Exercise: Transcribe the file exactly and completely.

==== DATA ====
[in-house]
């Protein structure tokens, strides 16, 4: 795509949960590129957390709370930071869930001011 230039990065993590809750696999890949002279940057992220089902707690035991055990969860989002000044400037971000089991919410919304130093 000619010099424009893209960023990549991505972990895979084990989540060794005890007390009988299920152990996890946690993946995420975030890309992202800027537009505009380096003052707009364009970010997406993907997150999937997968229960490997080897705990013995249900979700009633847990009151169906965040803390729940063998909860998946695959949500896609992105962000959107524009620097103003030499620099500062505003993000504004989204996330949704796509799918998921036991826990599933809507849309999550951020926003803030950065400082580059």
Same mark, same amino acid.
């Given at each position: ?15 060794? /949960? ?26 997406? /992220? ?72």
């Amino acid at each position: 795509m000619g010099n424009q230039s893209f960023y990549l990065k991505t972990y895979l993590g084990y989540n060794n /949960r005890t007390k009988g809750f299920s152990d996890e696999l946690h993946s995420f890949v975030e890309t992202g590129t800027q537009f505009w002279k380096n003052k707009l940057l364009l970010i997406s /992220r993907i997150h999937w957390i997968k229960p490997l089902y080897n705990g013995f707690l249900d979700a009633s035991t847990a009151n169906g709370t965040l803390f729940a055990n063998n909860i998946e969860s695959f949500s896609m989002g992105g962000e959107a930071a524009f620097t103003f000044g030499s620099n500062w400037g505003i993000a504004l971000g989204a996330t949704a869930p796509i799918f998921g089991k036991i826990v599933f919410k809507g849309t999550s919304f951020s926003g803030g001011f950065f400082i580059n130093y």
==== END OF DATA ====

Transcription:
[in-house]
């Protein structure tokens, strides 16, 4: 795509949960590129957390709370930071869930001011 230039990065993590809750696999890949002279940057992220089902707690035991055990969860989002000044400037971000089991919410919304130093 000619010099424009893209960023990549991505972990895979084990989540060794005890007390009988299920152990996890946690993946995420975030890309992202800027537009505009380096003052707009364009970010997406993907997150999937997968229960490997080897705990013995249900979700009633847990009151169906965040803390729940063998909860998946695959949500896609992105962000959107524009620097103003030499620099500062505003993000504004989204996330949704796509799918998921036991826990599933809507849309999550951020926003803030950065400082580059």
Same mark, same amino acid.
């Given at each position: ?15 060794? /949960? ?26 997406? /992220? ?72």
């Amino acid at each position: 795509m000619g010099n424009q230039s893209f960023y990549l990065k991505t972990y895979l993590g084990y989540n060794n /949960r005890t007390k009988g809750f299920s152990d996890e696999l946690h993946s995420f890949v975030e890309t992202g590129t800027q537009f505009w002279k380096n003052k707009l940057l364009l970010i997406s /992220r993907i997150h999937w957390i997968k229960p490997l089902y080897n705990g013995f707690l249900d979700a009633s035991t847990a009151n169906g709370t965040l803390f729940a055990n063998n909860i998946e969860s695959f949500s896609m989002g992105g962000e959107a930071a524009f620097t103003f000044g030499s620099n500062w400037g505003i993000a504004l971000g989204a996330t949704a869930p796509i799918f998921g089991k036991i826990v599933f919410k809507g849309t999550s919304f951020s926003g803030g001011f950065f400082i580059n130093y």